This case reviewed a motion for reconsideration of Defendant Pittsfield Charter Township against Plaintiff, Muslim Community Association of Ann Arbor, doing business as Michigan Islamic Academy (“MIA”). The Township sought reconsideration of the Court’s March 20, 2015 decision granting summary judgment in its favor, with caveats, on both MIA’s RLUIPA claims and its constitutional claims. The Court granted summary judgment to the Township on the RLUIPA claims because MIA lacked an interest in the property at issue, and because MIA failed to ripen its claims by obtaining a final determination of the Zoning Administrator/Zoning Board of Appeals as to whether the proposed school could be built on the property as it was presently zoned. The Court granted summary judgment to the Township on MIA’s constitutional claims based on the ripeness rationale applicable to the RLUIPA claims.
The Court held that MIA may reassert its RLUIPA claims should it acquire a sufficient interest in the property, or, alternatively, the claims could be asserted by another person or entity with a sufficient interest in the property. The Court included this caveat because it would be unduly harsh to forever deprive the persons or entities with a sufficient interest in the property of the opportunity to vindicate their rights under RLUIPA. Since the statutes of limitation governing the claims in this case were four years (for the RLUIPA claims) and three years (for the constitutional claims), and this action had been pending for more than three years, the Court was also concerned that the statutes of limitation could preclude the assertion or reassertion of the claims brought in this case, which it deemed unjust under the present circumstances. However, in lieu of tolling the limitation periods, the court held that it would allow MIA to reassert the claims brought in this case, if at all, within 90 days of the date on which the Zoning Administrator/Zoning Board of Appeals issued a final decision determining whether the proposed school can be built on the property as it is presently zoned.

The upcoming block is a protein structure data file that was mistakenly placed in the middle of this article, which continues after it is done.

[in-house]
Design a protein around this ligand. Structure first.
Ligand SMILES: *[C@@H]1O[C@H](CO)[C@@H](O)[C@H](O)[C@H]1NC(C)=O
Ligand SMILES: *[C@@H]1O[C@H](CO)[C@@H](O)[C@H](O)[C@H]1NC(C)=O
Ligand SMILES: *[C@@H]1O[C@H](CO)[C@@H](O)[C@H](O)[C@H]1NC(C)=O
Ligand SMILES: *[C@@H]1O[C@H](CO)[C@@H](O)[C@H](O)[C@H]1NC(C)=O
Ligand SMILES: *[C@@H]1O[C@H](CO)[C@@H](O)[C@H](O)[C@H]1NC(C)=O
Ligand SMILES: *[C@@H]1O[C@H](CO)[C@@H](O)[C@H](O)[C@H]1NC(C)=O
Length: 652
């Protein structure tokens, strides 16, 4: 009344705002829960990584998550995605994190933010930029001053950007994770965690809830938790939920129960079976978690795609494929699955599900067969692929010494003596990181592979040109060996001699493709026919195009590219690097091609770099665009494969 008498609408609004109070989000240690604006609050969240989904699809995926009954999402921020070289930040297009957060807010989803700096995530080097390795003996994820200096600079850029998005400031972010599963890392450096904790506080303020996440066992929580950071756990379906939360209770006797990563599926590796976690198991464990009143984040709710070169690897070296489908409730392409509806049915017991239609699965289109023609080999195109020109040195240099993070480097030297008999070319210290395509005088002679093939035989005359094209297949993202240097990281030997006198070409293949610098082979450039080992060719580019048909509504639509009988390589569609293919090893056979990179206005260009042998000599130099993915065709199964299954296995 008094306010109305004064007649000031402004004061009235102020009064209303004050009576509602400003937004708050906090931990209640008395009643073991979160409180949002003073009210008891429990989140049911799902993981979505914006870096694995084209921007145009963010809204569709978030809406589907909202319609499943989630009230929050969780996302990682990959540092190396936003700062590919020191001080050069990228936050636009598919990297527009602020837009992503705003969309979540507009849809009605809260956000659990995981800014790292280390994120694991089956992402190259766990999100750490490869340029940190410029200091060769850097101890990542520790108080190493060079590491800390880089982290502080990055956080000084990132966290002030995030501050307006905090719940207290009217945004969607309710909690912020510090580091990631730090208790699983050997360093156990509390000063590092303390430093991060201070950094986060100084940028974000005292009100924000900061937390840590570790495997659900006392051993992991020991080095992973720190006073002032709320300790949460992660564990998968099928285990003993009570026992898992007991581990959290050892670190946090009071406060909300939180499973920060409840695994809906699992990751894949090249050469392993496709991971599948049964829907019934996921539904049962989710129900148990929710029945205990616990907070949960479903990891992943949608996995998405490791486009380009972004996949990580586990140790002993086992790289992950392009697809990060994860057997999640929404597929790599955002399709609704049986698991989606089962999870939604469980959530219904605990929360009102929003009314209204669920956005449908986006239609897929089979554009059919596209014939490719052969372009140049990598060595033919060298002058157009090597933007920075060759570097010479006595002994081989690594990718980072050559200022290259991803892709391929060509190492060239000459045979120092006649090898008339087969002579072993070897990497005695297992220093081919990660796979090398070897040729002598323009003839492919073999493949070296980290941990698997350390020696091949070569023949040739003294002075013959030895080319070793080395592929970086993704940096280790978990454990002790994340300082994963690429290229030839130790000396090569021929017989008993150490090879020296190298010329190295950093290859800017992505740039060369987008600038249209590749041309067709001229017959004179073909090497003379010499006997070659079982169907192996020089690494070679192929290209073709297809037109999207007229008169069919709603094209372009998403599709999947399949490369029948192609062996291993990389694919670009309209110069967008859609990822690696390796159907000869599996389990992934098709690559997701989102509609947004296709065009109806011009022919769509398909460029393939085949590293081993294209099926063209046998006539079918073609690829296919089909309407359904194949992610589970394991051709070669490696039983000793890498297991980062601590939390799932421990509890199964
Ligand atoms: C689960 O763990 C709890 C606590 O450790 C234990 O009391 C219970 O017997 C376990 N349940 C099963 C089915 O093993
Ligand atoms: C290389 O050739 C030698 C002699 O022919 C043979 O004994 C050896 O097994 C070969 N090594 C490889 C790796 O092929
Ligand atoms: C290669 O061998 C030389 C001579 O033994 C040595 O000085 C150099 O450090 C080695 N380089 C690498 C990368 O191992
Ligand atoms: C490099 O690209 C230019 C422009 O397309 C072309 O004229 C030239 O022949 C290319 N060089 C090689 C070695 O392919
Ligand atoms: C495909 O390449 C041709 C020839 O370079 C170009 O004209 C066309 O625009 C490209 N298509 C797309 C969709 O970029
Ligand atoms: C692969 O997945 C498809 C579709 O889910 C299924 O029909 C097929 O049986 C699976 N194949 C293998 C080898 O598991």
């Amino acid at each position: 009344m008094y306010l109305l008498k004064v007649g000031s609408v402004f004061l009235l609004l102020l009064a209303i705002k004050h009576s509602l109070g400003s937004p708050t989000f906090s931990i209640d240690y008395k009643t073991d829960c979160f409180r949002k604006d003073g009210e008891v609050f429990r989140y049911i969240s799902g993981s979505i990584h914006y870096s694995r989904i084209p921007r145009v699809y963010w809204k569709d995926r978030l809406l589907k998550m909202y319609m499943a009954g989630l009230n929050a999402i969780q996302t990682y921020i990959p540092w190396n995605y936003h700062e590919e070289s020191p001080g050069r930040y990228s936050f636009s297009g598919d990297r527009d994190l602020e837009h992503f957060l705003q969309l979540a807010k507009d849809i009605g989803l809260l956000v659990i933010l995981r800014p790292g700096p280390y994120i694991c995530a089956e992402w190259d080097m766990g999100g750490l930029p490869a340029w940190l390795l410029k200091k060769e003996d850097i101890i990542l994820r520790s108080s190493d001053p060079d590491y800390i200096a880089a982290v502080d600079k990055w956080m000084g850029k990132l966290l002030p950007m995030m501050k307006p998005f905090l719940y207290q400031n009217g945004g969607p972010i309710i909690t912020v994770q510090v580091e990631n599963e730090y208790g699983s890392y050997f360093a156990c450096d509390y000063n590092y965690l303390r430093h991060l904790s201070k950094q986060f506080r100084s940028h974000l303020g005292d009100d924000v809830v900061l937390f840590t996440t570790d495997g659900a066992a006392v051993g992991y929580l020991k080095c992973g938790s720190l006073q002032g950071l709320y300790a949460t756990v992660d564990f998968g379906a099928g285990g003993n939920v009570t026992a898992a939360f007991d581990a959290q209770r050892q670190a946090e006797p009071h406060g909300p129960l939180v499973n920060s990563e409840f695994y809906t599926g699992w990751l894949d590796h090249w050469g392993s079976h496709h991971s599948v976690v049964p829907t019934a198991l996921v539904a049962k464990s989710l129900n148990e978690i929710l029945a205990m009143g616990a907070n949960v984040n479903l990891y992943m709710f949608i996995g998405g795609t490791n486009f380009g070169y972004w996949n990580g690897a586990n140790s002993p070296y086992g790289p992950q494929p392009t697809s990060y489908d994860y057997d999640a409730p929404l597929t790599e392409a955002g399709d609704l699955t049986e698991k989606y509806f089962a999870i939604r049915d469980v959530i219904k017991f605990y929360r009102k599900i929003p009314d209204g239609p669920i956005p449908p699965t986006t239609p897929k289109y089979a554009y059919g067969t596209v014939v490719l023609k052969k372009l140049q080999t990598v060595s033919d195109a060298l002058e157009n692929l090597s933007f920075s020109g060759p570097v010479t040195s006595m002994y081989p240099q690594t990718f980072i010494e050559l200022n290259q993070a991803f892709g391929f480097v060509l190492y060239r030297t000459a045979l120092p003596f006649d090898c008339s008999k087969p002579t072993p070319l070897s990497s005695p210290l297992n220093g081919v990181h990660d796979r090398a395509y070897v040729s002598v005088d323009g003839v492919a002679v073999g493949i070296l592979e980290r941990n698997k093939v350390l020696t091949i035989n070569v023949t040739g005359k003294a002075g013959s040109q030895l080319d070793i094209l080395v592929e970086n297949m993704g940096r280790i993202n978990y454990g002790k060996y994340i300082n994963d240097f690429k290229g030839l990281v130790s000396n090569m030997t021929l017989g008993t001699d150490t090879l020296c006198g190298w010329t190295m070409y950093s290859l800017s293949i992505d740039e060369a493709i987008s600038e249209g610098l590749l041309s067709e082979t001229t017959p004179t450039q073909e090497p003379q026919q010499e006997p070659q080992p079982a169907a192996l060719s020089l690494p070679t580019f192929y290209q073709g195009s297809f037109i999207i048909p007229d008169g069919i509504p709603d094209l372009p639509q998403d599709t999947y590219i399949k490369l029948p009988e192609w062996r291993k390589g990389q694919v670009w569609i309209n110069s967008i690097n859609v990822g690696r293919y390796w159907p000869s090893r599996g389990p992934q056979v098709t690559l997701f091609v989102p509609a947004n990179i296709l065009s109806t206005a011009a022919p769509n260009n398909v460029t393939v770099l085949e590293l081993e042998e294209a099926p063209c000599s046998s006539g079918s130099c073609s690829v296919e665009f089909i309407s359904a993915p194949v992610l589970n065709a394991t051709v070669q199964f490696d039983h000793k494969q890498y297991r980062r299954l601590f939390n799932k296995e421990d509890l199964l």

Finally the court held that even though MIA lacked an ownership interest in the property, it still had “permission … to utilize the property” likely constituting a license. Because MIA alleged that the Township unconstitutionally prevented its lawful use of the property, this constituted a redressable injury-in-fact for purposes of Article III standing.
Muslim Community Association of Ann Arbor v Pittsfield Charter Township, 2015 WL 5131797 (ED MI 6/1/2015)